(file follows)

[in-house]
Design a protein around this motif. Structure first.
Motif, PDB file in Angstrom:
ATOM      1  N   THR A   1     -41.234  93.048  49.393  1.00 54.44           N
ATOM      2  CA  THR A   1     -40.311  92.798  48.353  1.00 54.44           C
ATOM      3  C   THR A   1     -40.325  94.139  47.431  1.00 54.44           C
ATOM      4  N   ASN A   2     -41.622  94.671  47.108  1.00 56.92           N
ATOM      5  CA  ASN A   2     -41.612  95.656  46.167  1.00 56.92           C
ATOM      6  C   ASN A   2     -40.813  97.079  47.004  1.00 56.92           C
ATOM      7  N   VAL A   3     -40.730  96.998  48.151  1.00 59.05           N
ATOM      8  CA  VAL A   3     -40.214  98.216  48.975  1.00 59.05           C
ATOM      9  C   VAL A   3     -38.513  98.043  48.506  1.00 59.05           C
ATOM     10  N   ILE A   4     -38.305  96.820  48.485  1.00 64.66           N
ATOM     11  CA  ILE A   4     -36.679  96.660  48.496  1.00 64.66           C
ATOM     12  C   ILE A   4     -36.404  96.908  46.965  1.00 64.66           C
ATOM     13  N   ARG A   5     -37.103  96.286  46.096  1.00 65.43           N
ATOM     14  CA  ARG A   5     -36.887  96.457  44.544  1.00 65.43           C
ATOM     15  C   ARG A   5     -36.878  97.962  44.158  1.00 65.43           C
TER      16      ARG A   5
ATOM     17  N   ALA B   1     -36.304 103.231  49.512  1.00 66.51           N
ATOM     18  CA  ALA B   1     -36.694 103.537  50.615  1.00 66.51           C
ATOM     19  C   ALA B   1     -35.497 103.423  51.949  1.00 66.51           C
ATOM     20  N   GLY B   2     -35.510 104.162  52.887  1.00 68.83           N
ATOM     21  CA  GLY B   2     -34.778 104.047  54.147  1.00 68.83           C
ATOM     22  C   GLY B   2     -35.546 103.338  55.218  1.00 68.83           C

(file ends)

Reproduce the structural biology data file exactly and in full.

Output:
[in-house]
Design a protein around this motif. Structure first.
Motif, PDB file in Angstrom:
ATOM      1  N   THR A   1     -41.234  93.048  49.393  1.00 54.44           N
ATOM      2  CA  THR A   1     -40.311  92.798  48.353  1.00 54.44           C
ATOM      3  C   THR A   1     -40.325  94.139  47.431  1.00 54.44           C
ATOM      4  N   ASN A   2     -41.622  94.671  47.108  1.00 56.92           N
ATOM      5  CA  ASN A   2     -41.612  95.656  46.167  1.00 56.92           C
ATOM      6  C   ASN A   2     -40.813  97.079  47.004  1.00 56.92           C
ATOM      7  N   VAL A   3     -40.730  96.998  48.151  1.00 59.05           N
ATOM      8  CA  VAL A   3     -40.214  98.216  48.975  1.00 59.05           C
ATOM      9  C   VAL A   3     -38.513  98.043  48.506  1.00 59.05           C
ATOM     10  N   ILE A   4     -38.305  96.820  48.485  1.00 64.66           N
ATOM     11  CA  ILE A   4     -36.679  96.660  48.496  1.00 64.66           C
ATOM     12  C   ILE A   4     -36.404  96.908  46.965  1.00 64.66           C
ATOM     13  N   ARG A   5     -37.103  96.286  46.096  1.00 65.43           N
ATOM     14  CA  ARG A   5     -36.887  96.457  44.544  1.00 65.43           C
ATOM     15  C   ARG A   5     -36.878  97.962  44.158  1.00 65.43           C
TER      16      ARG A   5
ATOM     17  N   ALA B   1     -36.304 103.231  49.512  1.00 66.51           N
ATOM     18  CA  ALA B   1     -36.694 103.537  50.615  1.00 66.51           C
ATOM     19  C   ALA B   1     -35.497 103.423  51.949  1.00 66.51           C
ATOM     20  N   GLY B   2     -35.510 104.162  52.887  1.00 68.83           N
ATOM     21  CA  GLY B   2     -34.778 104.047  54.147  1.00 68.83           C
ATOM     22  C   GLY B   2     -35.546 103.338  55.218  1.00 68.83           C